The decentralized exchange SushiSwap has been hit by an exploit, leading to the loss of over $3.3 million from at least one user, known as 0xSifu on Twitter, according to a report by The Block. The exploit occurred due to an approve-related bug on the RouterProcessor2 contract, which cybersecurity experts PeckShield and SushiSwap Head Chef Jared Grey have recommended revoking on all chains.
The root cause of the issue, according to Ancilia, Inc., is a bug in the internal swap() function, which calls swapUniV3() to set the variable “lastCalledPool” at storage slot 0x00. Ancilia adds that “later on in the swap3callback function, the permission check gets bypassed.”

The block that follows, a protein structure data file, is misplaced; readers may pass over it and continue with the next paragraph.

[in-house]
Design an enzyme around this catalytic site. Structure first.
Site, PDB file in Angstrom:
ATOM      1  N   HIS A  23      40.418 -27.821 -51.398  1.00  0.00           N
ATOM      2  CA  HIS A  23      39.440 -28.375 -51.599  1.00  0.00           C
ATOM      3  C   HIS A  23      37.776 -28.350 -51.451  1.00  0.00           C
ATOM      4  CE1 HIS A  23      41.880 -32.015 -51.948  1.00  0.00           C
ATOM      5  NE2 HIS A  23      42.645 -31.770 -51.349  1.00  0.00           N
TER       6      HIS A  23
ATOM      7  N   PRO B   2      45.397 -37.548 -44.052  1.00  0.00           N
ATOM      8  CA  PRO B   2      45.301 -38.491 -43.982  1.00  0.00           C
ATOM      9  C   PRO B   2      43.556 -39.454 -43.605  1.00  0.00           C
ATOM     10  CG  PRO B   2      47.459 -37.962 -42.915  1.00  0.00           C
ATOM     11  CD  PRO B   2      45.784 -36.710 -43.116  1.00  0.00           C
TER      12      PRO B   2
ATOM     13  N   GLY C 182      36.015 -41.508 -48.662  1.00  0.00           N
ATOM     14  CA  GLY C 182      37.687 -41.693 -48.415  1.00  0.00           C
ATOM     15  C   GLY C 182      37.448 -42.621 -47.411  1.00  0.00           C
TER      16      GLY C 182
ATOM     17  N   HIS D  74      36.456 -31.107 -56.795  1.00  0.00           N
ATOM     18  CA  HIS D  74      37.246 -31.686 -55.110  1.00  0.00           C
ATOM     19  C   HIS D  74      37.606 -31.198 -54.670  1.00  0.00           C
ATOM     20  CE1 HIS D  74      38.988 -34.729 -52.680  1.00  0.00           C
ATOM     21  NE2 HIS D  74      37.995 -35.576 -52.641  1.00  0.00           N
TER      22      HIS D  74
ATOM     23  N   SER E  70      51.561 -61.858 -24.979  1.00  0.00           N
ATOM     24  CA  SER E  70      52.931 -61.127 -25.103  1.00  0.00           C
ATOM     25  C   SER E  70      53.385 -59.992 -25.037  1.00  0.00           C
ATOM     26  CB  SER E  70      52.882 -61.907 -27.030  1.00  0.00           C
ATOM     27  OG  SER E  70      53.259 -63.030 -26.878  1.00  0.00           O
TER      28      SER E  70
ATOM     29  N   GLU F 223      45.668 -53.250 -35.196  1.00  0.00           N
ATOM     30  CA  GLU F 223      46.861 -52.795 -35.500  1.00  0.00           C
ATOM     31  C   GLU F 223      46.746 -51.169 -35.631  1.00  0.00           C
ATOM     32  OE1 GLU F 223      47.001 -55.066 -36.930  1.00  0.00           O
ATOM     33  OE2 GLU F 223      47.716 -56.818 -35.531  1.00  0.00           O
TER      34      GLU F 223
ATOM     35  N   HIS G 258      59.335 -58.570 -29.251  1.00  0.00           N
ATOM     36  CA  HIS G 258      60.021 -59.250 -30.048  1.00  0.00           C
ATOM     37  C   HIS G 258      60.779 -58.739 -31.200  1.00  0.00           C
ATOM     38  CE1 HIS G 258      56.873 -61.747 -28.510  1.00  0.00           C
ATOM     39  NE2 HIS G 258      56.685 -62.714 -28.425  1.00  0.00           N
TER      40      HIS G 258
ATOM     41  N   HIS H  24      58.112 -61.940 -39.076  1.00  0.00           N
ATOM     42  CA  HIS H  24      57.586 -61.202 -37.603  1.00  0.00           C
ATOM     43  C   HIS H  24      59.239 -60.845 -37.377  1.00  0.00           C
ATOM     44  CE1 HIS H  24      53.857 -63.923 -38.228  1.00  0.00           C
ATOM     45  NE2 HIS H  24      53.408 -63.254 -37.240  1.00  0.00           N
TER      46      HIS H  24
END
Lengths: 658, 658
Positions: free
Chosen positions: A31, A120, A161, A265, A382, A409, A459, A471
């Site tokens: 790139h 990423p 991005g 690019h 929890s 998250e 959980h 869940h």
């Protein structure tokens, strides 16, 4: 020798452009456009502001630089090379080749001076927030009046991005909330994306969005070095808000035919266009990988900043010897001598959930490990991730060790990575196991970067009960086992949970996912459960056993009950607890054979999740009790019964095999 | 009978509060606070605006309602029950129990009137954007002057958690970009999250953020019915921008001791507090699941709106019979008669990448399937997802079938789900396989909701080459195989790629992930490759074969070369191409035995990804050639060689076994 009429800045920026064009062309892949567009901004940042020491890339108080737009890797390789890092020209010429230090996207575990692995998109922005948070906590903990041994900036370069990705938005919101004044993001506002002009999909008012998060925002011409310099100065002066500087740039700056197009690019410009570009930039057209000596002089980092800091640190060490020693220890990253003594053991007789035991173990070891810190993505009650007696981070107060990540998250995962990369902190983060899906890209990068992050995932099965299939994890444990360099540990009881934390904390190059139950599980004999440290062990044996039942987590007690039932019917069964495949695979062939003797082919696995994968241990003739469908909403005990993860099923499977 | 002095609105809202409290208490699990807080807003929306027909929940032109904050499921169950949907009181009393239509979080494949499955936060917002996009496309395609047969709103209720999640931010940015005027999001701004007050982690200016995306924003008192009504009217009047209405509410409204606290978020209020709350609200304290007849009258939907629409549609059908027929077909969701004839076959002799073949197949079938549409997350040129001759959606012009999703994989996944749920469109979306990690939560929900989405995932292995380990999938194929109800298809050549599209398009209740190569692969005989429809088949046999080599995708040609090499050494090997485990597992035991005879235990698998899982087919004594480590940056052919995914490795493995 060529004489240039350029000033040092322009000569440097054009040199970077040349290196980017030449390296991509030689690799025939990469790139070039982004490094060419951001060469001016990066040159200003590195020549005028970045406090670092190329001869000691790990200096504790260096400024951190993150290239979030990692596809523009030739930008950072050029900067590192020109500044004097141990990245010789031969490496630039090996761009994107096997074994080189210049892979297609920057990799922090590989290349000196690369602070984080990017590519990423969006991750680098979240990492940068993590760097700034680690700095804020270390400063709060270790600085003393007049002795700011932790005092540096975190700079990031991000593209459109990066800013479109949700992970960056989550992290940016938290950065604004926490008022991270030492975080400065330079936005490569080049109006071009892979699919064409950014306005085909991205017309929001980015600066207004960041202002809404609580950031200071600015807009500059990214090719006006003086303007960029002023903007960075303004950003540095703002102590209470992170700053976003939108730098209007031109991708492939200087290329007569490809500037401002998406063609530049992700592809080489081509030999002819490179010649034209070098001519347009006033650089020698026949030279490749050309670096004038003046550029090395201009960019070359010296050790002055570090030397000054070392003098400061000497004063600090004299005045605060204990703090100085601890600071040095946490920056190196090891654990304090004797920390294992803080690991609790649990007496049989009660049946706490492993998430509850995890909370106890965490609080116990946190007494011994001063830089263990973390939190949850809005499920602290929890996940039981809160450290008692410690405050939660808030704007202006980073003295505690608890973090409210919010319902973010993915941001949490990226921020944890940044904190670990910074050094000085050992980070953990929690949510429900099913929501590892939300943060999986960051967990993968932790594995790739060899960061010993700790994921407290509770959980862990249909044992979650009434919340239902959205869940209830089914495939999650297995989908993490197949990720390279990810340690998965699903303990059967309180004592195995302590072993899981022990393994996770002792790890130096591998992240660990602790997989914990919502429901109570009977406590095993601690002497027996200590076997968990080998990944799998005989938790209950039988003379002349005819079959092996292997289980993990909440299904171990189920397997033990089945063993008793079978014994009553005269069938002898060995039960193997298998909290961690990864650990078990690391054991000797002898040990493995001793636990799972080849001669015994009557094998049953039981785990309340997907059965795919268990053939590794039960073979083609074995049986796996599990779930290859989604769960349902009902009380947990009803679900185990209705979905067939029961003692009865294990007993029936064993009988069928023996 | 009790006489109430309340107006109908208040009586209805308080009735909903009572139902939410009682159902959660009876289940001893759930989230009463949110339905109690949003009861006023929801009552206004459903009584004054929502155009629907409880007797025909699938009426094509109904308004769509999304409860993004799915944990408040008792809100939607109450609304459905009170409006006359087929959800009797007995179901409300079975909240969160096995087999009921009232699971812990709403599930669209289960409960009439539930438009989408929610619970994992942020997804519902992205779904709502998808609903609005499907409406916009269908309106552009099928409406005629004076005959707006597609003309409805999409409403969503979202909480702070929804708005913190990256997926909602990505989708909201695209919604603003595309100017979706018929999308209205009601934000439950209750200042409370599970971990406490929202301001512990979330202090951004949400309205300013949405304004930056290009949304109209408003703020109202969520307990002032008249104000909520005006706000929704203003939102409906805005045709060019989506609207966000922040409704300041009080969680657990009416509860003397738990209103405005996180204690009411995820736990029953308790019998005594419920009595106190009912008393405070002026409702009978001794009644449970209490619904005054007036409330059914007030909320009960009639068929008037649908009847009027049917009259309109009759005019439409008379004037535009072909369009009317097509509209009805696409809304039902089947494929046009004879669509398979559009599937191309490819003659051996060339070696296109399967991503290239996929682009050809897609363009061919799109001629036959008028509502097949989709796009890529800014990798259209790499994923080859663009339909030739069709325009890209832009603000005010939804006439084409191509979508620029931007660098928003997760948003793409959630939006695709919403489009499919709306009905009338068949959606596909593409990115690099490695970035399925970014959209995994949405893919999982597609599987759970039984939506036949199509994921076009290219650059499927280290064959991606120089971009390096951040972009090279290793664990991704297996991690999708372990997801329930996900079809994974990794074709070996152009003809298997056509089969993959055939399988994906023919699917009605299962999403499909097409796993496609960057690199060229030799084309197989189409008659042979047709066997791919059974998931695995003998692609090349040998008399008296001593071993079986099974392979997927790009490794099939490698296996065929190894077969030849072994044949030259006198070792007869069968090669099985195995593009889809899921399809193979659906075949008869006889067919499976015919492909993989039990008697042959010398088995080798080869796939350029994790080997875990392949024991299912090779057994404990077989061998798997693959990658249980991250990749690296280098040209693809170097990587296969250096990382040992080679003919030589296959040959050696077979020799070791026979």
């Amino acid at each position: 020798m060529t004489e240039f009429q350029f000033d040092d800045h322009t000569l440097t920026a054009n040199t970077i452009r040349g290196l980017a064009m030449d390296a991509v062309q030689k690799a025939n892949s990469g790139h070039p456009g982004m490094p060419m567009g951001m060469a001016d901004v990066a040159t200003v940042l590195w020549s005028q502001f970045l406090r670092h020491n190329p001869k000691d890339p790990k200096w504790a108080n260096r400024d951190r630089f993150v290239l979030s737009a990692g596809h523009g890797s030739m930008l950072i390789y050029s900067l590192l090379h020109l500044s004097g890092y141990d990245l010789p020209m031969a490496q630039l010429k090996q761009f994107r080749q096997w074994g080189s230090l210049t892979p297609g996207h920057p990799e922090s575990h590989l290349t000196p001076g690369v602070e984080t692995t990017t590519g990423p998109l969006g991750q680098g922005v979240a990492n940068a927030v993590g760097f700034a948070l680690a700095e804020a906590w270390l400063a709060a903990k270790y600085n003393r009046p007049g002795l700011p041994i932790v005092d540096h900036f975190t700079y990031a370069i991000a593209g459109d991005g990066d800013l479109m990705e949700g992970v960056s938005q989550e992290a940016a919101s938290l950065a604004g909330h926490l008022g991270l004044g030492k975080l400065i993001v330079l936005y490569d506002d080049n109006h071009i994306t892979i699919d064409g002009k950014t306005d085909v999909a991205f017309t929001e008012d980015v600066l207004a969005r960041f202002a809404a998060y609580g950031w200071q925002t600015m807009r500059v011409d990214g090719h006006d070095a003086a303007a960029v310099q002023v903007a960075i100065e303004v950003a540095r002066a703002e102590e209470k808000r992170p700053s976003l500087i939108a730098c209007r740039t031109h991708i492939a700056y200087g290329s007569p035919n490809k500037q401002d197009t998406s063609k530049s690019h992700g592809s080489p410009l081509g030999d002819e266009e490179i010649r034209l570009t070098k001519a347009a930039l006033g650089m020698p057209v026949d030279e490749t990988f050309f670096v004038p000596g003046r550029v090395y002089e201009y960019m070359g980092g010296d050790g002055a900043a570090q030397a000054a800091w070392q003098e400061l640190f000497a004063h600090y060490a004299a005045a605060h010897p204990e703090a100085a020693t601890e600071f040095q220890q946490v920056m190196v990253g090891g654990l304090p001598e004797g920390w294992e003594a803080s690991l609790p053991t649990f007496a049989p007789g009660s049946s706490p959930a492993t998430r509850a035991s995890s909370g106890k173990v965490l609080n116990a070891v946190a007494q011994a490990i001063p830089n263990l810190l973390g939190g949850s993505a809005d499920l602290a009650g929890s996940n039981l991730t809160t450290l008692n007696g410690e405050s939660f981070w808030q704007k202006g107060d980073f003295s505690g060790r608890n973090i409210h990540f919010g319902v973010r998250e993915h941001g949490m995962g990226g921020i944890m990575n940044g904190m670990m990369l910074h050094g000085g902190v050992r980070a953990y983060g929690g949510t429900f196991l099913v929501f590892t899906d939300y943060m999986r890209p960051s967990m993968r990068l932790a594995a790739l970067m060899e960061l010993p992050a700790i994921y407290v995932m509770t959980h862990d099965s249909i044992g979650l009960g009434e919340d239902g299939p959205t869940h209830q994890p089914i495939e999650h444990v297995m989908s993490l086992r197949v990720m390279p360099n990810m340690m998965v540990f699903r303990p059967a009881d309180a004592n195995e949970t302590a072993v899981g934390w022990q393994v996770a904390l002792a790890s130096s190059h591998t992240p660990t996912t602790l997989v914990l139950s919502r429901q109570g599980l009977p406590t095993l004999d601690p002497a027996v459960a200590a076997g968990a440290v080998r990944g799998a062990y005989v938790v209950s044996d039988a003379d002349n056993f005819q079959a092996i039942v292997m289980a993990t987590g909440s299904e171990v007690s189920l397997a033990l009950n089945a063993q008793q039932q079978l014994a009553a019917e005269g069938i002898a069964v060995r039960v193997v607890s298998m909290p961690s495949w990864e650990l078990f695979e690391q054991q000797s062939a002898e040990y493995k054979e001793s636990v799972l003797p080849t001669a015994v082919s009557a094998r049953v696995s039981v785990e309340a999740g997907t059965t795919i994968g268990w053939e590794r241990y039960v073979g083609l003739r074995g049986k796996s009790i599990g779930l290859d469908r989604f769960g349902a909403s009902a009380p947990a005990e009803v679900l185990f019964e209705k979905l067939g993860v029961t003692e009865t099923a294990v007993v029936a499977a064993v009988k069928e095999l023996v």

The exploit allows an unauthorized entity to steal users’ tokens, commonly known as “yoinking.” According to The Block Research Analyst Brad Kay, the first attacker used the “yoink” function, taking 100 ETH, while another attacker later used the same contract but instead named their function “notyoink,” stealing another 1,800 ETH.
Early reports suggest that not too many SushiSwap users are currently at risk. DeFi Llama’s @0xngmi claims that only those who swapped on SushiSwap within the last four days should be affected. However, The Block Research Analyst Kevin Peng explains that 190 Ethereum addresses have approved the problematic contract, and more than 2,000 addresses on Layer 2 Arbitrum have seemingly approved the bad contract.
Sushi’s governance token only fell by 0.6% in the hour since the news broke. SushiSwap Head Chef Jared Grey has tweeted that Sushi is “working with security teams to mitigate the issue.” Grey is also seeking a $3 million legal defense fund from Sushi DAO after Sushi was hit with a subpoena from the U.S. Securities and Exchange Commission.